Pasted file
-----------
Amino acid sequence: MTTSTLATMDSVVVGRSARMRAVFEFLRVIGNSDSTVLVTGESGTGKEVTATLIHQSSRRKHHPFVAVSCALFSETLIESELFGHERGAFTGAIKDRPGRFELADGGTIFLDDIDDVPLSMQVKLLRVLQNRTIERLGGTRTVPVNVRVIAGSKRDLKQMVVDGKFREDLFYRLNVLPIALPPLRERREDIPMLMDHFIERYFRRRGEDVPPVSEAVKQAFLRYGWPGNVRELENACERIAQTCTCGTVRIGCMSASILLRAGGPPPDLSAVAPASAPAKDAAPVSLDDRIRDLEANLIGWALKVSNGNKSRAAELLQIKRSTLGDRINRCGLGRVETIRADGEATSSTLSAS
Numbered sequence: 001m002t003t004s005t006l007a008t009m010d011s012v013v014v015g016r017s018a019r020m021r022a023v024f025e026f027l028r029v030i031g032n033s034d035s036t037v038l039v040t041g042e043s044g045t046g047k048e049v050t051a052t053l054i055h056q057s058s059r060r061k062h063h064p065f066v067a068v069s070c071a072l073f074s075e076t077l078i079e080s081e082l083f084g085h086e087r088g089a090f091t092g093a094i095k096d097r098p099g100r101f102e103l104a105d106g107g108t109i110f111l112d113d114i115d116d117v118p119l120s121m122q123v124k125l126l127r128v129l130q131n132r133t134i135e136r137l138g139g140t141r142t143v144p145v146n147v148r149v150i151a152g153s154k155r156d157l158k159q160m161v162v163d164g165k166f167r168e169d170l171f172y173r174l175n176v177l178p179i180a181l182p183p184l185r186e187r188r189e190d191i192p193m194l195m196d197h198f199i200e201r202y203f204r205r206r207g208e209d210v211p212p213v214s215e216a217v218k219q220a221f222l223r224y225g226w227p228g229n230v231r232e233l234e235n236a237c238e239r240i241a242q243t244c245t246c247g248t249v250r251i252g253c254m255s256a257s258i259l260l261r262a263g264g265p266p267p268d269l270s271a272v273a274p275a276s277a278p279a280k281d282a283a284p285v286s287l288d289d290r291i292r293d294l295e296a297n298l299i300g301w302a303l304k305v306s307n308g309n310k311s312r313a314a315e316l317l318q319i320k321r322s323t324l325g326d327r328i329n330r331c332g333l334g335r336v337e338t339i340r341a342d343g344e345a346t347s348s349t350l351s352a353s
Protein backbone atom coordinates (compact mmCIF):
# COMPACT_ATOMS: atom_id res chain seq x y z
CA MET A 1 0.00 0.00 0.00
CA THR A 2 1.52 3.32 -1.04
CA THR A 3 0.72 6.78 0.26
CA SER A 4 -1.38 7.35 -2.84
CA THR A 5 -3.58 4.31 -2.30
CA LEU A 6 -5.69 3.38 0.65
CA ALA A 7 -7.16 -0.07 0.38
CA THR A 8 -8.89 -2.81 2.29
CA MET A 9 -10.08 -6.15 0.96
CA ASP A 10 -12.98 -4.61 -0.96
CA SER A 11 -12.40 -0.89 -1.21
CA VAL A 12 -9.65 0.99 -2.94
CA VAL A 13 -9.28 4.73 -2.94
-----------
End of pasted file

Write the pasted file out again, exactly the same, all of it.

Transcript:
Amino acid sequence: MTTSTLATMDSVVVGRSARMRAVFEFLRVIGNSDSTVLVTGESGTGKEVTATLIHQSSRRKHHPFVAVSCALFSETLIESELFGHERGAFTGAIKDRPGRFELADGGTIFLDDIDDVPLSMQVKLLRVLQNRTIERLGGTRTVPVNVRVIAGSKRDLKQMVVDGKFREDLFYRLNVLPIALPPLRERREDIPMLMDHFIERYFRRRGEDVPPVSEAVKQAFLRYGWPGNVRELENACERIAQTCTCGTVRIGCMSASILLRAGGPPPDLSAVAPASAPAKDAAPVSLDDRIRDLEANLIGWALKVSNGNKSRAAELLQIKRSTLGDRINRCGLGRVETIRADGEATSSTLSAS
Numbered sequence: 001m002t003t004s005t006l007a008t009m010d011s012v013v014v015g016r017s018a019r020m021r022a023v024f025e026f027l028r029v030i031g032n033s034d035s036t037v038l039v040t041g042e043s044g045t046g047k048e049v050t051a052t053l054i055h056q057s058s059r060r061k062h063h064p065f066v067a068v069s070c071a072l073f074s075e076t077l078i079e080s081e082l083f084g085h086e087r088g089a090f091t092g093a094i095k096d097r098p099g100r101f102e103l104a105d106g107g108t109i110f111l112d113d114i115d116d117v118p119l120s121m122q123v124k125l126l127r128v129l130q131n132r133t134i135e136r137l138g139g140t141r142t143v144p145v146n147v148r149v150i151a152g153s154k155r156d157l158k159q160m161v162v163d164g165k166f167r168e169d170l171f172y173r174l175n176v177l178p179i180a181l182p183p184l185r186e187r188r189e190d191i192p193m194l195m196d197h198f199i200e201r202y203f204r205r206r207g208e209d210v211p212p213v214s215e216a217v218k219q220a221f222l223r224y225g226w227p228g229n230v231r232e233l234e235n236a237c238e239r240i241a242q243t244c245t246c247g248t249v250r251i252g253c254m255s256a257s258i259l260l261r262a263g264g265p266p267p268d269l270s271a272v273a274p275a276s277a278p279a280k281d282a283a284p285v286s287l288d289d290r291i292r293d294l295e296a297n298l299i300g301w302a303l304k305v306s307n308g309n310k311s312r313a314a315e316l317l318q319i320k321r322s323t324l325g326d327r328i329n330r331c332g333l334g335r336v337e338t339i340r341a342d343g344e345a346t347s348s349t350l351s352a353s
Protein backbone atom coordinates (compact mmCIF):
# COMPACT_ATOMS: atom_id res chain seq x y z
CA MET A 1 0.00 0.00 0.00
CA THR A 2 1.52 3.32 -1.04
CA THR A 3 0.72 6.78 0.26
CA SER A 4 -1.38 7.35 -2.84
CA THR A 5 -3.58 4.31 -2.30
CA LEU A 6 -5.69 3.38 0.65
CA ALA A 7 -7.16 -0.07 0.38
CA THR A 8 -8.89 -2.81 2.29
CA MET A 9 -10.08 -6.15 0.96
CA ASP A 10 -12.98 -4.61 -0.96
CA SER A 11 -12.40 -0.89 -1.21
CA VAL A 12 -9.65 0.99 -2.94
CA VAL A 13 -9.28 4.73 -2.94